Google VP Alfred Spector gave a talk last week at University of Washington Computer Science on "Research at Google". Archived video is available.
What was unusual about Al's talk was his focus on cooperation between computers and humans to allow both to solve harder problems than they might be able to otherwise.
Starting at 8:30 in the talk, Al describes this as a "virtuous cycle" of improvement using people's interactions with an application, allowing optimizations and features like like learning to rank, personalization, and recommendations that might not be possible otherwise.
Later, around 33:20, he elaborates, saying we need "hybrid, not artificial, intelligence." Al explains, "It sure seems a lot easier ... when computers aren't trying to replace people but to help us in what we do. Seems like an easier problem .... [to] extend the capabilities of people."
Al goes on to say the most progress on very challenging problems (e.g. image recognition, voice-to-text, personalized education) will come from combining several independent, massive data sets with a feedback loop from people interacting with the system. It is an "increasingly fluid partnership between people and computation" that will help both solve problems neither could solve on their own.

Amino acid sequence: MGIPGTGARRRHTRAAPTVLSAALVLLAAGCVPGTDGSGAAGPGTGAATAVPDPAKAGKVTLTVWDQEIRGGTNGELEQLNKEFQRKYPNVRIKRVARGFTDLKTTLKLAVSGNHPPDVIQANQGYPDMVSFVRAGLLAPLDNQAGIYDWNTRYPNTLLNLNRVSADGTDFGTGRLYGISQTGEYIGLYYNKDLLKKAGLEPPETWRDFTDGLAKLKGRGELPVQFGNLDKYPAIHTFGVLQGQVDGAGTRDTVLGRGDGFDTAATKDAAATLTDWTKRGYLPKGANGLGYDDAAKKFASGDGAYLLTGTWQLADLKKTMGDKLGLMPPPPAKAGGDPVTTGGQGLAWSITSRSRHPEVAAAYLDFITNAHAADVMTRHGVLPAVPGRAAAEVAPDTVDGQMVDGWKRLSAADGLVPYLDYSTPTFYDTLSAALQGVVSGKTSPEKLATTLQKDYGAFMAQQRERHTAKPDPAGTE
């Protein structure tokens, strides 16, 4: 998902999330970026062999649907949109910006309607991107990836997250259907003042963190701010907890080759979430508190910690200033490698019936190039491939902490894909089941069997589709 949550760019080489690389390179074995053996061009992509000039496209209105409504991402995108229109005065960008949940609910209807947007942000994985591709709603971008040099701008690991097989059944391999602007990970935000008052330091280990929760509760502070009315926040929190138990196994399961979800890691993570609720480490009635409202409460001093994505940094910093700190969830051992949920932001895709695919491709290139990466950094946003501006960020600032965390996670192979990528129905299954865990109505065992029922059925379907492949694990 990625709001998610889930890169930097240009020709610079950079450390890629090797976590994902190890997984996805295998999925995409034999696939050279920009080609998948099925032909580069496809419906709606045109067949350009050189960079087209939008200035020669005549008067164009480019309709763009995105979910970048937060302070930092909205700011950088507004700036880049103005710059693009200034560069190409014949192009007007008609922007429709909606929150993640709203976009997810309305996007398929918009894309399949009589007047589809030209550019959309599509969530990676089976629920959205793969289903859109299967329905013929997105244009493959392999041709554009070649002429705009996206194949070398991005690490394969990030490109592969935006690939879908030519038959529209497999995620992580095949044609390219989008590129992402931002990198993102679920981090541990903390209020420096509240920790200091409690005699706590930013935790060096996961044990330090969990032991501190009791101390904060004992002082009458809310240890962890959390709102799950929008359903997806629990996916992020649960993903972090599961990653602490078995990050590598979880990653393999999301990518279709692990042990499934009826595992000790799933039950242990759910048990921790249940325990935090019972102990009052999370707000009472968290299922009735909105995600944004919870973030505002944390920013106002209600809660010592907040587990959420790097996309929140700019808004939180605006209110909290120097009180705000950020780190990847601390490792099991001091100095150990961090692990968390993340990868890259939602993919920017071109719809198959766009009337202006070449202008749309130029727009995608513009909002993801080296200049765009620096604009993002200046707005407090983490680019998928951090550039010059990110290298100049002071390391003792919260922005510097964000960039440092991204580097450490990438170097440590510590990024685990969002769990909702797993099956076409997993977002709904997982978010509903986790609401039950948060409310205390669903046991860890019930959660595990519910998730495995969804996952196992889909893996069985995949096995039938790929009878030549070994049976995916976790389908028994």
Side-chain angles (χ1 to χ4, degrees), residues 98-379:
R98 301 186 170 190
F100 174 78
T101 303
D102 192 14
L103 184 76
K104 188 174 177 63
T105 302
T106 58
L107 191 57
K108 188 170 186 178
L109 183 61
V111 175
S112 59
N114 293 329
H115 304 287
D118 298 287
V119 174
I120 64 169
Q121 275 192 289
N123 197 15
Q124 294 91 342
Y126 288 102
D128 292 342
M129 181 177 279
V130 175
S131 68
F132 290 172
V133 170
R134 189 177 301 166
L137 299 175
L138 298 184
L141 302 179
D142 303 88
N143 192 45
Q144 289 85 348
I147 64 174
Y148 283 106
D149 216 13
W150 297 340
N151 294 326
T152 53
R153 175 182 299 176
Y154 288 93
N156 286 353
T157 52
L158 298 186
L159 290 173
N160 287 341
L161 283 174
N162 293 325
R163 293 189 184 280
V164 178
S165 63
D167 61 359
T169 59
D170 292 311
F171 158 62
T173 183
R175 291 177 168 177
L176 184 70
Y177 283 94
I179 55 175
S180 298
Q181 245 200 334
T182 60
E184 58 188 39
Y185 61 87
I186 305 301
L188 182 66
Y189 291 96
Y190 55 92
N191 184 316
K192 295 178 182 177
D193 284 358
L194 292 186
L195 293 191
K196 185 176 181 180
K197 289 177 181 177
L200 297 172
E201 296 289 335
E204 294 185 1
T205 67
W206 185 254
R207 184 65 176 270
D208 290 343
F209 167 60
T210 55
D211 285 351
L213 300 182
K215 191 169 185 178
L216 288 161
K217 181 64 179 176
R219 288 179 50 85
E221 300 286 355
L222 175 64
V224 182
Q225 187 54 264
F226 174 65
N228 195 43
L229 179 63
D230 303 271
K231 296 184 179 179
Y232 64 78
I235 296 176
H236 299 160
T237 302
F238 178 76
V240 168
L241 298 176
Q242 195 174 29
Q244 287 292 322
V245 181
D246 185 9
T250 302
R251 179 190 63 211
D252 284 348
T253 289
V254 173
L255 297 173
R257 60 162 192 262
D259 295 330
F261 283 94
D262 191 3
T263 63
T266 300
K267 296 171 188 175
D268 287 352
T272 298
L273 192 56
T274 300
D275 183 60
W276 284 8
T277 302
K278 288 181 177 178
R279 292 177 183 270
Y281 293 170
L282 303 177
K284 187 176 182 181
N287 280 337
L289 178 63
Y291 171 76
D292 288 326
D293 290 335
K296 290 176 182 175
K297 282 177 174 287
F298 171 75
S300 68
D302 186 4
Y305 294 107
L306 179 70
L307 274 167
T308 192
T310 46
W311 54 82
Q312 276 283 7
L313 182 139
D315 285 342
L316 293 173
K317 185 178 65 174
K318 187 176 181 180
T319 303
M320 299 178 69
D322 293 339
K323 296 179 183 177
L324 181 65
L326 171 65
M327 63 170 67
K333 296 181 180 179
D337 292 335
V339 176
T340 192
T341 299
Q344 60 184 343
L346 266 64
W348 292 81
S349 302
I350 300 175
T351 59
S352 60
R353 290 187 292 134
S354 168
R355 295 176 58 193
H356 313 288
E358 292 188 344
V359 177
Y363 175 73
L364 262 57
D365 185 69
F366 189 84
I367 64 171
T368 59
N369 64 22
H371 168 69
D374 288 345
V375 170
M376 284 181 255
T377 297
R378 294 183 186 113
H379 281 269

This being a Google Research talk, there was much else covered, including the usual list of research papers out of Google, solicitation of students and faculty, pumping of Google as the best place to access big data and do research on big data, and a list of research challenges. The most interesting of the research challenges were robust, high performance, transparent data migration in response to load in massive clusters, ultra-low power computing (e.g. powered only by ambient light), personalized education where computers learn and model the needs of their students, and getting outside researchers access to the big data they need to help build hybrid, not artificial, intelligence.